There are also tons of giveaways on Instagram. However, I only enter giveaways that make me do something rather than spam all my friends. For example, I love the way Owl Crate organizes giveaways via photo contests. I’m always down for a photo contest!
5. The Public Library
I know, this one is super obvious. However, if it’s so obvious, then why doesn’t everyone do it?
I joined the Brooklyn Public Library and was immediately amazed at all the books they have. Not only do they have what’s physically on the shelves, but they have a great website that makes it easy to request books from other branches. Every week, I request a bunch of books, then go and pick them up once they’ve all arrived at my branch.
In addition, the Brooklyn Public Library, like most libraries these days, has an app that allows me to easily check out ebooks and audiobooks. This is a great feature for when I want something to read without leaving my house. I also really love listening to audiobooks during my commute and while I’m doing chores around the house.
The library is an endless source of books for me now. Plus, I love having a due date because it pushes me to read more. In the past, I would buy a book and it might sit on my shelf for weeks or months before I would finally get to it. Now, I know I only have three weeks to read the 10 books I checked out, so I’ve been reading like crazy. Of course, I can renew them online, but having a deadline is a great thing for my TBR list.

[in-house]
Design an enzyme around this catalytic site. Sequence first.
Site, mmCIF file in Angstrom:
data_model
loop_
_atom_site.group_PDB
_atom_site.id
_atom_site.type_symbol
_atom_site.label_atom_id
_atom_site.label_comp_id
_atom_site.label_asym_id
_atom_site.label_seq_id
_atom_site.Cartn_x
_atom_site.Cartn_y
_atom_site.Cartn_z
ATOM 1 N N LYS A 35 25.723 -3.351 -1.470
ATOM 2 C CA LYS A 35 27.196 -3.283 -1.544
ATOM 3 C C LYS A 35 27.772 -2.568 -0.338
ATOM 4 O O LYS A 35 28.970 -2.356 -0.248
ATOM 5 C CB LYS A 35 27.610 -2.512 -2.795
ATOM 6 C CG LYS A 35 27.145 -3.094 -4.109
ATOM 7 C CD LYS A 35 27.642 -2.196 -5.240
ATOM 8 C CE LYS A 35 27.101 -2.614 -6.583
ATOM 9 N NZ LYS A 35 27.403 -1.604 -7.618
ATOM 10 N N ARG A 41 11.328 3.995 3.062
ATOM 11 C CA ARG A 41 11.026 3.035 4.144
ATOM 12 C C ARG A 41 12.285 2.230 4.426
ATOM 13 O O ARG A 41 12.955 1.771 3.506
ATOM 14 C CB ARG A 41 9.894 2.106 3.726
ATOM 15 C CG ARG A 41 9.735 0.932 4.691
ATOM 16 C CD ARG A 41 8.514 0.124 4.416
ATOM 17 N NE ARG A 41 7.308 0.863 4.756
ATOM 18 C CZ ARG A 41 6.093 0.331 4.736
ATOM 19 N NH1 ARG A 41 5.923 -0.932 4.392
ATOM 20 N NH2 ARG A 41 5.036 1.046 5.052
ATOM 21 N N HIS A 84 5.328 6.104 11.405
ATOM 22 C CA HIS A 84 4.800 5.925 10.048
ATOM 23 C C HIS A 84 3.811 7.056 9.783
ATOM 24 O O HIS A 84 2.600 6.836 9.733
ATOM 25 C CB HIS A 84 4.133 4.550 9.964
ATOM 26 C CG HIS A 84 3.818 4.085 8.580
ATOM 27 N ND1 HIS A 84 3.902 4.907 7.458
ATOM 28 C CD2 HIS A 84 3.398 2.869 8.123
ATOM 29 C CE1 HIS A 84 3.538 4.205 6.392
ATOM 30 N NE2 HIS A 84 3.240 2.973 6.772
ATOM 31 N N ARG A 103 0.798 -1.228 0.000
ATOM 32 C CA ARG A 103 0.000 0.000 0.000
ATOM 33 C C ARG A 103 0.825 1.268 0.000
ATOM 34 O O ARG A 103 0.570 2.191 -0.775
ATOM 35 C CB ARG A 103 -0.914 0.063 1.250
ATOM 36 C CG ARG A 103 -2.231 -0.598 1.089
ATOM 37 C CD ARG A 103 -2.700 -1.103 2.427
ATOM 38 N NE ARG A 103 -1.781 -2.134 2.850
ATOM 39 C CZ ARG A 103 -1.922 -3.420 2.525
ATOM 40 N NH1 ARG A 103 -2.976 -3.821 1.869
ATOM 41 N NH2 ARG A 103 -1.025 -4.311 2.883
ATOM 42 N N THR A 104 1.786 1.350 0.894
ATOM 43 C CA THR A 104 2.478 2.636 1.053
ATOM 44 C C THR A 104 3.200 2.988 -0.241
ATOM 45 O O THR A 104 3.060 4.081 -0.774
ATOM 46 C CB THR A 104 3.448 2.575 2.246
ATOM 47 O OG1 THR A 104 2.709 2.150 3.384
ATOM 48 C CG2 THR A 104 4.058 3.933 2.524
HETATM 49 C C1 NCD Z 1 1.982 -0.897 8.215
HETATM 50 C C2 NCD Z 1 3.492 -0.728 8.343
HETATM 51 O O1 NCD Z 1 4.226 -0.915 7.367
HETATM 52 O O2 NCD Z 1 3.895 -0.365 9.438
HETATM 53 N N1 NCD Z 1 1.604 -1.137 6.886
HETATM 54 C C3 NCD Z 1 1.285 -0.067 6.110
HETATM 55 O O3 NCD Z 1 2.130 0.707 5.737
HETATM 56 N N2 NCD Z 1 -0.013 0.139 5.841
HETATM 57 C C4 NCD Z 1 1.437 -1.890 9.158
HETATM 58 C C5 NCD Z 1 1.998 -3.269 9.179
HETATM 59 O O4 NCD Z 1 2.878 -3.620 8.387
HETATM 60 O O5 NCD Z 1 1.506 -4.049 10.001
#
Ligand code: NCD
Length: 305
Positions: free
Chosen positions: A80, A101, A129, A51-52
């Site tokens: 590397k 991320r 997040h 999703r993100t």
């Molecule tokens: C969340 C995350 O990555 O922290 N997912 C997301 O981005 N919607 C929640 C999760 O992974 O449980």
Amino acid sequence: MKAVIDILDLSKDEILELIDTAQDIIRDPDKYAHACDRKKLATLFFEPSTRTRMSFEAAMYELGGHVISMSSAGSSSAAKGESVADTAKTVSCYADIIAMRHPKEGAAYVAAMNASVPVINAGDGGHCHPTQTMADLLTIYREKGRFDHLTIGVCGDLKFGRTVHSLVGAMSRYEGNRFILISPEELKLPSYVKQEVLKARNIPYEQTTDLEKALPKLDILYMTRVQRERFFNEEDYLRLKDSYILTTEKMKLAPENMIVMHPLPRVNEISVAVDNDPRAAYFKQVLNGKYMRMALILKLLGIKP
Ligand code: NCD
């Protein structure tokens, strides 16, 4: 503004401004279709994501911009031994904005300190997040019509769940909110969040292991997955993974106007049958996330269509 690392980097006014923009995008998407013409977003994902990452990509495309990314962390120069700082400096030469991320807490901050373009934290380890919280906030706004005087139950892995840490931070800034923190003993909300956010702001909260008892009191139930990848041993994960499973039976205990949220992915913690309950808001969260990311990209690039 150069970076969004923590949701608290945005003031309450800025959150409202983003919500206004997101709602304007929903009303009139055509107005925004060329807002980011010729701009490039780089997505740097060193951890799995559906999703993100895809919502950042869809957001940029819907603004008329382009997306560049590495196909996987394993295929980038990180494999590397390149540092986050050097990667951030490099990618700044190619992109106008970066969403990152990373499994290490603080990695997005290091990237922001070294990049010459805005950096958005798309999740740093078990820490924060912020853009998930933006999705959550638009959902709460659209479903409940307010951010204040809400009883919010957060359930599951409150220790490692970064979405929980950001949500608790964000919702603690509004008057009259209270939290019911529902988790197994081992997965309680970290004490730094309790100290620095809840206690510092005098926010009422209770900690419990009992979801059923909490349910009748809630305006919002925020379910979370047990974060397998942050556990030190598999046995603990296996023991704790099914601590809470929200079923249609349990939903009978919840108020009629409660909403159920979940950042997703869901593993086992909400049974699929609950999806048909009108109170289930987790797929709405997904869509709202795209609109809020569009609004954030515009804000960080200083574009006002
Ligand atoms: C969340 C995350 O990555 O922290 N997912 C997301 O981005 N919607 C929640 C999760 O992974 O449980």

So, that is how I’ve started a bookstagram account with the goal of not buying any books. It’s been so much fun looking for other ways to score new reads. The hardest part, of course, is waiting for new releases. However, I’ve found that my library actually does a great job of getting new books as soon as possible. I just need to learn a little patience.
I’m also not counting books that are gifted to me. My husband bought me an Owl Crate subscription for Valentine’s Day, my birthday is the same week as when A Court of Wings and Ruin is going to be released (hint hint), and I’m making a Christmas wish list of books I would like to eventually own. I’m not going to lie; I do love owning pretty books. However, instead of buying every book I want on a whim, I now find that I’m more selective.
This is especially true with cookbooks. Normally, I would flip through a cookbook at the bookstore and decide that I had to have it. Then, it would sit on my shelf unused. Now, I check out cookbooks from the library, use them for as long as I have the book, and then decide if I should add it to my wish list. I have tested three cookbooks this year, and out of those three, I have only added Date Night In by Ashley Rodriguez to my Christmas wish list. My husband and I have loved every recipe that we’ve made from this cookbook. I decided that this one is a keeper, the one that I would like to own forever and always.
What do you think? Could you go a year without buying any books for yourself? Or, do you know of any other ways to get free books? Please share in the comment section below.